Due to the continuing Coronavirus situation in the UK, we are currently experiencing a large volume of calls.
If you need to make an update to your policy, please do so online by clicking this link.
Please use the following link if you wish to make a claim.
To see what help and support we are offering customers during the Coronavirus pandemic, click here.
+44 (0)1704 339000 quotes@acorninsure.co.uk

Firstly, if you drive a van for business, then a few extra van security ideas can be useful. Secondly, the British police forces recently revealed a 45% increase in van thefts in four years. Thirdly, did you know that four out of ten vans on sale are not fitted with an alarm as standard? Finally, there have been more than 43,000 vans stolen since 2016, equating to more than 30 vans a day.

As providers of specialist van insurance, we understand that protecting business assets such as your van is vital to ensure you can continue with your day to day duties. It is important for you to make sure you have the right level of insurance to suit your needs.

Whether you are a labourer, painter and decorator or an electrician, keeping your van secure is key to protecting your livelihood. To help you improve your van security, we have put together this useful guide on the various van security ideas that you could add to your vehicle.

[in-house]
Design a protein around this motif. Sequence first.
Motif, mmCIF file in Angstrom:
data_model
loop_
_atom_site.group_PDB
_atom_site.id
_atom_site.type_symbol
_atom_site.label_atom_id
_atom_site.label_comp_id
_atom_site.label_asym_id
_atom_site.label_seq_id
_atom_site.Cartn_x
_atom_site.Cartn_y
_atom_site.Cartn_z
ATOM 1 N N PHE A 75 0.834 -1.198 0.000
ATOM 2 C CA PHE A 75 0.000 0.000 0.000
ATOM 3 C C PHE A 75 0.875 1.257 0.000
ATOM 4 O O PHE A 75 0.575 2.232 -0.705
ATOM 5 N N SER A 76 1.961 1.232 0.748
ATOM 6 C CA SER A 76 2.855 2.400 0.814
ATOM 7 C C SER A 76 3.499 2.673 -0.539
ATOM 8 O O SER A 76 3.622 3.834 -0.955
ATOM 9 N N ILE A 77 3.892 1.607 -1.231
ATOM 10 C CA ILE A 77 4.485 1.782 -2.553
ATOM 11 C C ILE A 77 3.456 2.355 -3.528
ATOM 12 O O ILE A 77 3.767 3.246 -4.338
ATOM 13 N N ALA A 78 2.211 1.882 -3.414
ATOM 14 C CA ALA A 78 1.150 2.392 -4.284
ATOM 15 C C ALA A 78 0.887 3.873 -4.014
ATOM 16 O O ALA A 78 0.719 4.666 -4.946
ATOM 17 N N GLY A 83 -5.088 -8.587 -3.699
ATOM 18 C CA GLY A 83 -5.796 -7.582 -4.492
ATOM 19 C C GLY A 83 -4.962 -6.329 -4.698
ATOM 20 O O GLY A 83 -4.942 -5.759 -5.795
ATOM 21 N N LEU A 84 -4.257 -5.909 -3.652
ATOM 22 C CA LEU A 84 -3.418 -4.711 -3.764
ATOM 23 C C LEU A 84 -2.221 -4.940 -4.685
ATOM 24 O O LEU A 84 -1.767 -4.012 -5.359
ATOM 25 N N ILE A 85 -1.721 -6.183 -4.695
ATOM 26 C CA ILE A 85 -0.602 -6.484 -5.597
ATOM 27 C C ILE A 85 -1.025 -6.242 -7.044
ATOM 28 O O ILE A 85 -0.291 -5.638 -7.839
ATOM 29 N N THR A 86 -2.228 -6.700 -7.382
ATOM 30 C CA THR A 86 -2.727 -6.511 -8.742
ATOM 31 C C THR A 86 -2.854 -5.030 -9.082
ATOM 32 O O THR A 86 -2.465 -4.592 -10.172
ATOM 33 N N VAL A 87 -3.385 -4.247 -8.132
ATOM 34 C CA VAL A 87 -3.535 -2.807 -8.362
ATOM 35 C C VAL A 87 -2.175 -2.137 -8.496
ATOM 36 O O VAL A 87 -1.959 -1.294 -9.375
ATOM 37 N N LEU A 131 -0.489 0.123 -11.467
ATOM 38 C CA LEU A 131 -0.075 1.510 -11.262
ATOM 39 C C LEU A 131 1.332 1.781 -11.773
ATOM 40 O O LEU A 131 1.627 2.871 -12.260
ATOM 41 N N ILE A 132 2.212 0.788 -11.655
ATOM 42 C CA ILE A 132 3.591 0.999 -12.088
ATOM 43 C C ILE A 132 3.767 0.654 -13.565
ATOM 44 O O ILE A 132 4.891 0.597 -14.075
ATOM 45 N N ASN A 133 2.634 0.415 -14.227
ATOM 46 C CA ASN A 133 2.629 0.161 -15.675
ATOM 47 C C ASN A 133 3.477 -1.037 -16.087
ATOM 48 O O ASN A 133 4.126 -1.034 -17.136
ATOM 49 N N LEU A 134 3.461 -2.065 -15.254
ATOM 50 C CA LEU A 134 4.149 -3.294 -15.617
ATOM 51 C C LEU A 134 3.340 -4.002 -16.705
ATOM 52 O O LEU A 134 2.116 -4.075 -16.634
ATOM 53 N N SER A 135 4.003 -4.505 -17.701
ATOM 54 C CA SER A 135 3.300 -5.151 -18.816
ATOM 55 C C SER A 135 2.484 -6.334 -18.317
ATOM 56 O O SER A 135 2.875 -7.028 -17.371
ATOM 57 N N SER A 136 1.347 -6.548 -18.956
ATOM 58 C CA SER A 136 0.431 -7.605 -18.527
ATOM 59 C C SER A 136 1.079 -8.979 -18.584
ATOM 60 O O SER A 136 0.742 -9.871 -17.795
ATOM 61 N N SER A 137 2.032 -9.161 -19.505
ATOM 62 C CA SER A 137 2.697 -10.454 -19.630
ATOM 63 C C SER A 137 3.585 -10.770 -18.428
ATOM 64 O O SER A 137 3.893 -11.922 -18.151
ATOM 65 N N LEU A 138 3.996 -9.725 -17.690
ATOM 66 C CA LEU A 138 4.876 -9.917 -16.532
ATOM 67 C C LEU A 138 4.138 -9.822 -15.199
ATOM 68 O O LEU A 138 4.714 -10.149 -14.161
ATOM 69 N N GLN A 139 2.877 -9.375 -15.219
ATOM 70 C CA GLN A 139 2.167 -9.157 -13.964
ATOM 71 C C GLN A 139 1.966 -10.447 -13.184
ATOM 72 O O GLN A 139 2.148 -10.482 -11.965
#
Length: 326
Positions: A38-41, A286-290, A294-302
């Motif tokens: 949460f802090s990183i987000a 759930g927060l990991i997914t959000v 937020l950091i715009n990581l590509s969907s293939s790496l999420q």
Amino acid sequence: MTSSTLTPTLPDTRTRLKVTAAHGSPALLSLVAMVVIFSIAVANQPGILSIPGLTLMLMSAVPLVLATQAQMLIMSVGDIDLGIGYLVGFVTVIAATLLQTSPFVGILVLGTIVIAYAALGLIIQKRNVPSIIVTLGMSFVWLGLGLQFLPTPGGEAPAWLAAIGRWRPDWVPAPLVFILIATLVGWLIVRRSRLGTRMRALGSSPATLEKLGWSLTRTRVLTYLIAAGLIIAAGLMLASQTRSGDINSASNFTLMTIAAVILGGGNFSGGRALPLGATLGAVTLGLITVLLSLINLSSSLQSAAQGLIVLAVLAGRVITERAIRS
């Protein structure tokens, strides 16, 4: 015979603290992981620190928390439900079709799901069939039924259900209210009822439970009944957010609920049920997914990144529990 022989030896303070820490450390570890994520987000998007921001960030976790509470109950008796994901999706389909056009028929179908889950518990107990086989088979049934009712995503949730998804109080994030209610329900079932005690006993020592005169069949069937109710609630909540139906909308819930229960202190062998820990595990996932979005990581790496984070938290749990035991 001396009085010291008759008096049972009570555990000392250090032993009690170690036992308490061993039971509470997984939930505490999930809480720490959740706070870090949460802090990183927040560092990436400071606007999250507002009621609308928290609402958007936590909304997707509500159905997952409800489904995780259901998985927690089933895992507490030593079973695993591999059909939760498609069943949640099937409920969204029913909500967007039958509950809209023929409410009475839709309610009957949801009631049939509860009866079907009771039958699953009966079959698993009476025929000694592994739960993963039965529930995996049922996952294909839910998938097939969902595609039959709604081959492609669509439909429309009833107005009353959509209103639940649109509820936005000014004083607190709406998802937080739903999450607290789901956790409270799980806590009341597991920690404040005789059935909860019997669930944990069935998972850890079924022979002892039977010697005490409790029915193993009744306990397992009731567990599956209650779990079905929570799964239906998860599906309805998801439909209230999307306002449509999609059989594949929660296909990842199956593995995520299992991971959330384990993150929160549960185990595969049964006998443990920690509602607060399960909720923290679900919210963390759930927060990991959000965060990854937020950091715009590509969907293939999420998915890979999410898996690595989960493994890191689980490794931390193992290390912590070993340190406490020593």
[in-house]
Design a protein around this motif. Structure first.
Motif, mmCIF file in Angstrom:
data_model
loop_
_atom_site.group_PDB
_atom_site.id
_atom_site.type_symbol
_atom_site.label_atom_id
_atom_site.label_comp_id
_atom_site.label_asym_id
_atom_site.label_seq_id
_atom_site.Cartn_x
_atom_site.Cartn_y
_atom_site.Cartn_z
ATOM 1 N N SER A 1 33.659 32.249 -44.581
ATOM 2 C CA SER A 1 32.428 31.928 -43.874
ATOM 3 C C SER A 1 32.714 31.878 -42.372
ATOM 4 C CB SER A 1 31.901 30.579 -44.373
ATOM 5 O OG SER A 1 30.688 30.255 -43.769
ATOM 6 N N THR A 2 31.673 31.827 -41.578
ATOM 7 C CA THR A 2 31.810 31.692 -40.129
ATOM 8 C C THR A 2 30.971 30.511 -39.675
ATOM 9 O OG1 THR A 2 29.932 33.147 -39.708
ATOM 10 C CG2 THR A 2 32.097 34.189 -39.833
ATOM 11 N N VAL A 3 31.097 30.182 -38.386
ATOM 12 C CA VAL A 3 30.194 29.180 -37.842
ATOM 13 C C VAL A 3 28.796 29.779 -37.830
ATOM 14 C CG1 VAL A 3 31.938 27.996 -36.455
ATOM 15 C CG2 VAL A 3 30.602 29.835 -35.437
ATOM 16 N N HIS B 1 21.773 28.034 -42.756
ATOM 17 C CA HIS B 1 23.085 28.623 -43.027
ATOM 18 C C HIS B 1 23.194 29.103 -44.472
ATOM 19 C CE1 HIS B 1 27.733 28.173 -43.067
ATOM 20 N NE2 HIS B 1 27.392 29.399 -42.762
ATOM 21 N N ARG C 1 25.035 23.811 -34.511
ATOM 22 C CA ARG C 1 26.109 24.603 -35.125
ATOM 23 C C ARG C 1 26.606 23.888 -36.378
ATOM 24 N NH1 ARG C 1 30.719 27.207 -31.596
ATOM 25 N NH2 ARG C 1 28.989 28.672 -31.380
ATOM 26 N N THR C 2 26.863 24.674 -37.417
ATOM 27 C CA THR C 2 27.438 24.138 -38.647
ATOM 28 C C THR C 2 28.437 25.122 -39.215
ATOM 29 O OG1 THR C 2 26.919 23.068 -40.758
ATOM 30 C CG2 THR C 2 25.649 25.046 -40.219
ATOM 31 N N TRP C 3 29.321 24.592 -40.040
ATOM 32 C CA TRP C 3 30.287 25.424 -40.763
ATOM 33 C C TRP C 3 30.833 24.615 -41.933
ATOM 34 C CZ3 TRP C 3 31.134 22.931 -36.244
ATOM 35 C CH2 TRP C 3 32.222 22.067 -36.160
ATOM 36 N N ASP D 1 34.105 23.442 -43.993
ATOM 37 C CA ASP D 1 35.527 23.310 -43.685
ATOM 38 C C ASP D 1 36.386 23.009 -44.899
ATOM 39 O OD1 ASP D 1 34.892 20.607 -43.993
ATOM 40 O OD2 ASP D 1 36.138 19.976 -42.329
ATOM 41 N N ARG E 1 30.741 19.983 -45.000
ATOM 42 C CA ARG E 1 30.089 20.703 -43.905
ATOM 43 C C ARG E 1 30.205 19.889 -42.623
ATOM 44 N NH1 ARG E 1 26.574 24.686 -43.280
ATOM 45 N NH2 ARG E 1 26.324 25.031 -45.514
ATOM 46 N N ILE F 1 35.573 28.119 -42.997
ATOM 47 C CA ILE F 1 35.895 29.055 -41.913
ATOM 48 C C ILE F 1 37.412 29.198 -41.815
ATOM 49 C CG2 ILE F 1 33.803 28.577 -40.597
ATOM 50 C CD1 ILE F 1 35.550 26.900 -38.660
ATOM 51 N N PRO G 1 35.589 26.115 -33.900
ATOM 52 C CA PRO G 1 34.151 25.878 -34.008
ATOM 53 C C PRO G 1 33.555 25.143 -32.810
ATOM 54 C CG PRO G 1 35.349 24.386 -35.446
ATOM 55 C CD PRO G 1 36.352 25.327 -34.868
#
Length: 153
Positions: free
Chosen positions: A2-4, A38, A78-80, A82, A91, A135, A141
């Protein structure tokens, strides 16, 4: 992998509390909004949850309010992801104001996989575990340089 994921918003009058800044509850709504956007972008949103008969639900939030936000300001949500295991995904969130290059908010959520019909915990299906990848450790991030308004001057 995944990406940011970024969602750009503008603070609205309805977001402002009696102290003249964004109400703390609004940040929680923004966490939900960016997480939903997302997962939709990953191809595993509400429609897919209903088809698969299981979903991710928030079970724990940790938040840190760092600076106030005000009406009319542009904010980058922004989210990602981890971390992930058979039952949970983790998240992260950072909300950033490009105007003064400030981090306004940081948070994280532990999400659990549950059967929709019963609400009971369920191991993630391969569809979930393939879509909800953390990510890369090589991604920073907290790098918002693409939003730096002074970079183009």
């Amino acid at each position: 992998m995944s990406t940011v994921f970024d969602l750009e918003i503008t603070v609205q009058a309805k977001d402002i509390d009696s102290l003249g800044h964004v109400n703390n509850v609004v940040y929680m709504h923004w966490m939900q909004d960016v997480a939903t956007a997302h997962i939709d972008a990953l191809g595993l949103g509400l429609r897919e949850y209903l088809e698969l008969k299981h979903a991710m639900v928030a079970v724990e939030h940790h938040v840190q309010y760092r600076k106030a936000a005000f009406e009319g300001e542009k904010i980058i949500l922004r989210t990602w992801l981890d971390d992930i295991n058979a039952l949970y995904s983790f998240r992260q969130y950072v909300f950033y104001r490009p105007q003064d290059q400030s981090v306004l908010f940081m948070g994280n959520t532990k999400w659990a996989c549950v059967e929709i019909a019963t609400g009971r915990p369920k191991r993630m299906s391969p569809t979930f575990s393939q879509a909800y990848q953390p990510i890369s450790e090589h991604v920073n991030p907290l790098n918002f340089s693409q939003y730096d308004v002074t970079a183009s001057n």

Van security devices

We have compiled this list of additional measures that you could put in place to act not only as a physical deterrent but a visual one too. This can help give you that added layer of protection in the event someone considers stealing your van:

Steering lock

The steering lock, or disc lock, is a tried and tested method of deterring theft. It is a sturdy tool and is recommended by police forces and security experts, Thatcham. It comes in a variety of sizes to suit your van type and has a range of accompanying accessories such as covers and storage options. Essentially, the lock will attach to the steering wheel and prevent it from turning.

The heavy metal device can enclose the entire wheel, attach to the wheel spokes, or provide a connection between the wheel and pedals to obstruct vehicle use. Once attached it will open via a traditional key operated locking mechanism. Where possible, opt for a model with a well-made mechanism that will not break easily.

Also, a rooftop lock could come in handy if you use roof-mounted equipment including ladders for day to day business. This functions by using a key to open clamps and can keep your rooftop gear safe and secure.

Stop lock

Stop locks are devices that can be attached to the side or rear of your van. They operate by linking two opening surfaces together. This means a thief cannot use a crowbar or similar tool to gain entry.